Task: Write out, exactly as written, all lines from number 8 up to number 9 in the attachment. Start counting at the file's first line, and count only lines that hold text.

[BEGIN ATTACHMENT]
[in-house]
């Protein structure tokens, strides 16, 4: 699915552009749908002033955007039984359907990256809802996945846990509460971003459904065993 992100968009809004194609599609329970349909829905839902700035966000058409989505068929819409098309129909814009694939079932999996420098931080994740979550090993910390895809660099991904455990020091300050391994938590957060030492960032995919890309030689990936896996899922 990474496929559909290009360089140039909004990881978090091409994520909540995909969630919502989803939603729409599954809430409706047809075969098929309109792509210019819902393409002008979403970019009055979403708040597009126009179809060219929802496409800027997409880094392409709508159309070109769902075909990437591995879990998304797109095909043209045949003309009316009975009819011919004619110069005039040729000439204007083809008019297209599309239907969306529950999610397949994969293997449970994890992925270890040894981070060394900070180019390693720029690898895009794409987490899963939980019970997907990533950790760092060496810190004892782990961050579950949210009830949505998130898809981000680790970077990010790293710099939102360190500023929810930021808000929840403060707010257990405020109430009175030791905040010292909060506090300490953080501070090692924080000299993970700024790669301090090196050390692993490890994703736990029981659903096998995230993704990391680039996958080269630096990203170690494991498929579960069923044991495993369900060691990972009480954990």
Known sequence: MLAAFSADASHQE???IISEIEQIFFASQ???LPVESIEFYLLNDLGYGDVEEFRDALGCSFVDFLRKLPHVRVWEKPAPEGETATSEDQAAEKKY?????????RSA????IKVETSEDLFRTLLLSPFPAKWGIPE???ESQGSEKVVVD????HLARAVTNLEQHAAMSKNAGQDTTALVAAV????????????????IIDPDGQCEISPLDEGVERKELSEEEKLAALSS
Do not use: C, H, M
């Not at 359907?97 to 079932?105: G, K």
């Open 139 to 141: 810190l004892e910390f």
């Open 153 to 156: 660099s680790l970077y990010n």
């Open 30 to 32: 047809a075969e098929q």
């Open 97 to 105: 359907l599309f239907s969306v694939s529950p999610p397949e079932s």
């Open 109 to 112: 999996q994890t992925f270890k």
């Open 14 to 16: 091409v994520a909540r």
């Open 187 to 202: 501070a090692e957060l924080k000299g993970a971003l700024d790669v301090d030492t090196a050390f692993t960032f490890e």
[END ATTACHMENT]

């Open 30 to 32: 047809a075969e098929q």
């Open 97 to 105: 359907l599309f239907s969306v694939s529950p999610p397949e079932s």